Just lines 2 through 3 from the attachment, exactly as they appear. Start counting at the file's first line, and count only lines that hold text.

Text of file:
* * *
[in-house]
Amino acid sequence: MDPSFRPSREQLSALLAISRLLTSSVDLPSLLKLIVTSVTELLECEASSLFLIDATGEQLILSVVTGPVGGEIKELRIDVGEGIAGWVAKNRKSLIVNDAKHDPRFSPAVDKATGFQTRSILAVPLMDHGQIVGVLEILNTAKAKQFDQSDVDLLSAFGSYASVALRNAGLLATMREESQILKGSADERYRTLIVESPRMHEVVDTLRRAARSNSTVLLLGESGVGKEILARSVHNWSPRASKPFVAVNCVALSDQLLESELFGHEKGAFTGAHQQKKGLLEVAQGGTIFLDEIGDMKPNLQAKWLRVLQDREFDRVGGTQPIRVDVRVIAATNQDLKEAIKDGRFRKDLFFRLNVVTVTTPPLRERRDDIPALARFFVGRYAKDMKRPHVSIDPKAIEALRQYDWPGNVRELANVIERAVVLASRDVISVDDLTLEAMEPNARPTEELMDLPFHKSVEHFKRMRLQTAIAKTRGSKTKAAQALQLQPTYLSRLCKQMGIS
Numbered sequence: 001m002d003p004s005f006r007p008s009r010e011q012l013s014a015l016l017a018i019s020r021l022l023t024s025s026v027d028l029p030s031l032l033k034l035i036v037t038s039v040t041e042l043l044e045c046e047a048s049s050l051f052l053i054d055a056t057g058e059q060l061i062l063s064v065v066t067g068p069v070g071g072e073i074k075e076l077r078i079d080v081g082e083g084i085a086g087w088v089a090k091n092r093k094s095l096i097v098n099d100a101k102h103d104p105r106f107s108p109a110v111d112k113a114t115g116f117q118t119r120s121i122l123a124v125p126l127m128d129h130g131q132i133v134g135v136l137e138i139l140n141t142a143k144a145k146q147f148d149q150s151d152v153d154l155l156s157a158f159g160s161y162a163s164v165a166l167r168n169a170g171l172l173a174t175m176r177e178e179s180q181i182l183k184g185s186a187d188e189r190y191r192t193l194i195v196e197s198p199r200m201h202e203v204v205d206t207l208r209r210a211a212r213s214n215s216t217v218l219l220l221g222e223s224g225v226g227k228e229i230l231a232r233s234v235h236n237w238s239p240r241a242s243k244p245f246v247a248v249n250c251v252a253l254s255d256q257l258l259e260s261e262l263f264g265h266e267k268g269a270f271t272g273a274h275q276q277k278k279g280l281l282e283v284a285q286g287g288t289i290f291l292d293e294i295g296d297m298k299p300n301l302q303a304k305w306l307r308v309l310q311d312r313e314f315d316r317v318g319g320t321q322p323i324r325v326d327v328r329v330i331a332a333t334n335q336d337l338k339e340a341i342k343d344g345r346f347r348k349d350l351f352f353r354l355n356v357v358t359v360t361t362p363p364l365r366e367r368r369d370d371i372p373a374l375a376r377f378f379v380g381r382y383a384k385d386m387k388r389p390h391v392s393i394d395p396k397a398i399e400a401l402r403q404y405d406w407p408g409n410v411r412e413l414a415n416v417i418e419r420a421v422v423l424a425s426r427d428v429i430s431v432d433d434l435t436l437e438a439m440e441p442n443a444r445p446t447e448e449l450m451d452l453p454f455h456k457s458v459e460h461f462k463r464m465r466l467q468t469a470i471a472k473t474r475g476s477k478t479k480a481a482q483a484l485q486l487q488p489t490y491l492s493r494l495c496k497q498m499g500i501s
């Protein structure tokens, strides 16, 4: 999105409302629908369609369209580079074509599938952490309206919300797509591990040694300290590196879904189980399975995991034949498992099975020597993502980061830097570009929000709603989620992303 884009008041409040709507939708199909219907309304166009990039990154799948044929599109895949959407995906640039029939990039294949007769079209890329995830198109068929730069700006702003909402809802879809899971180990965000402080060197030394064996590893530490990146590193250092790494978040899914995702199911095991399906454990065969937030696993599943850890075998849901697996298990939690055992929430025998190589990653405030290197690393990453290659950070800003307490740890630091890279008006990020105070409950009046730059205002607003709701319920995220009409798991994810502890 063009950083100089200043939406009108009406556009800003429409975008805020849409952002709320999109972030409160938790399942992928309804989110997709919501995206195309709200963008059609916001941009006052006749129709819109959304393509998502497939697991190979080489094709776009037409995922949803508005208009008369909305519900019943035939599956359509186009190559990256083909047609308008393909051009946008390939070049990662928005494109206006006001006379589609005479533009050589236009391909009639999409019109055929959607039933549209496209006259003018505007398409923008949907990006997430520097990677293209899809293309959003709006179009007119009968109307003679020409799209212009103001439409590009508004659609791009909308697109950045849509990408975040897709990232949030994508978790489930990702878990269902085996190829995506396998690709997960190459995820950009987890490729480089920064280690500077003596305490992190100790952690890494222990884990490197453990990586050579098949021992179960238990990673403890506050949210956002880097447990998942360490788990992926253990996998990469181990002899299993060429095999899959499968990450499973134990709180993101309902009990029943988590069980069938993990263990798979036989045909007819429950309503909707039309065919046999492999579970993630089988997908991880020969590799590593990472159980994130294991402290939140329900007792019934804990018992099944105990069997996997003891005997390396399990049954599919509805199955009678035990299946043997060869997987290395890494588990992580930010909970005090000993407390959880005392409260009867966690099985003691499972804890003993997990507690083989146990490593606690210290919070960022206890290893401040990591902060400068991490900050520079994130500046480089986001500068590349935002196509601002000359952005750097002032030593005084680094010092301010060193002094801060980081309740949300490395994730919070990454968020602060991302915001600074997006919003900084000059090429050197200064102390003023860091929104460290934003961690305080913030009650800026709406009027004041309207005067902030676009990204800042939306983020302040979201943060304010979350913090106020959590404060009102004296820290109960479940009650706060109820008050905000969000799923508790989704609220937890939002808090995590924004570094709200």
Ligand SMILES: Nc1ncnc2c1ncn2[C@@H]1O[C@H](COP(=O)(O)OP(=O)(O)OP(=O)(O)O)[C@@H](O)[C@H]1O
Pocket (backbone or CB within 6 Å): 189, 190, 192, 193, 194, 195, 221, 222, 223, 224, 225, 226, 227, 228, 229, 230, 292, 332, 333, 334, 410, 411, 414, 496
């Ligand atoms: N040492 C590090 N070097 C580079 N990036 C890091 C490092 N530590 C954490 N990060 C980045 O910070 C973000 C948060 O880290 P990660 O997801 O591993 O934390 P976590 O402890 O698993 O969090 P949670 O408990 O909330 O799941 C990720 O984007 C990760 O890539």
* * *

Amino acid sequence: MDPSFRPSREQLSALLAISRLLTSSVDLPSLLKLIVTSVTELLECEASSLFLIDATGEQLILSVVTGPVGGEIKELRIDVGEGIAGWVAKNRKSLIVNDAKHDPRFSPAVDKATGFQTRSILAVPLMDHGQIVGVLEILNTAKAKQFDQSDVDLLSAFGSYASVALRNAGLLATMREESQILKGSADERYRTLIVESPRMHEVVDTLRRAARSNSTVLLLGESGVGKEILARSVHNWSPRASKPFVAVNCVALSDQLLESELFGHEKGAFTGAHQQKKGLLEVAQGGTIFLDEIGDMKPNLQAKWLRVLQDREFDRVGGTQPIRVDVRVIAATNQDLKEAIKDGRFRKDLFFRLNVVTVTTPPLRERRDDIPALARFFVGRYAKDMKRPHVSIDPKAIEALRQYDWPGNVRELANVIERAVVLASRDVISVDDLTLEAMEPNARPTEELMDLPFHKSVEHFKRMRLQTAIAKTRGSKTKAAQALQLQPTYLSRLCKQMGIS
Numbered sequence: 001m002d003p004s005f006r007p008s009r010e011q012l013s014a015l016l017a018i019s020r021l022l023t024s025s026v027d028l029p030s031l032l033k034l035i036v037t038s039v040t041e042l043l044e045c046e047a048s049s050l051f052l053i054d055a056t057g058e059q060l061i062l063s064v065v066t067g068p069v070g071g072e073i074k075e076l077r078i079d080v081g082e083g084i085a086g087w088v089a090k091n092r093k094s095l096i097v098n099d100a101k102h103d104p105r106f107s108p109a110v111d112k113a114t115g116f117q118t119r120s121i122l123a124v125p126l127m128d129h130g131q132i133v134g135v136l137e138i139l140n141t142a143k144a145k146q147f148d149q150s151d152v153d154l155l156s157a158f159g160s161y162a163s164v165a166l167r168n169a170g171l172l173a174t175m176r177e178e179s180q181i182l183k184g185s186a187d188e189r190y191r192t193l194i195v196e197s198p199r200m201h202e203v204v205d206t207l208r209r210a211a212r213s214n215s216t217v218l219l220l221g222e223s224g225v226g227k228e229i230l231a232r233s234v235h236n237w238s239p240r241a242s243k244p245f246v247a248v249n250c251v252a253l254s255d256q257l258l259e260s261e262l263f264g265h266e267k268g269a270f271t272g273a274h275q276q277k278k279g280l281l282e283v284a285q286g287g288t289i290f291l292d293e294i295g296d297m298k299p300n301l302q303a304k305w306l307r308v309l310q311d312r313e314f315d316r317v318g319g320t321q322p323i324r325v326d327v328r329v330i331a332a333t334n335q336d337l338k339e340a341i342k343d344g345r346f347r348k349d350l351f352f353r354l355n356v357v358t359v360t361t362p363p364l365r366e367r368r369d370d371i372p373a374l375a376r377f378f379v380g381r382y383a384k385d386m387k388r389p390h391v392s393i394d395p396k397a398i399e400a401l402r403q404y405d406w407p408g409n410v411r412e413l414a415n416v417i418e419r420a421v422v423l424a425s426r427d428v429i430s431v432d433d434l435t436l437e438a439m440e441p442n443a444r445p446t447e448e449l450m451d452l453p454f455h456k457s458v459e460h461f462k463r464m465r466l467q468t469a470i471a472k473t474r475g476s477k478t479k480a481a482q483a484l485q486l487q488p489t490y491l492s493r494l495c496k497q498m499g500i501s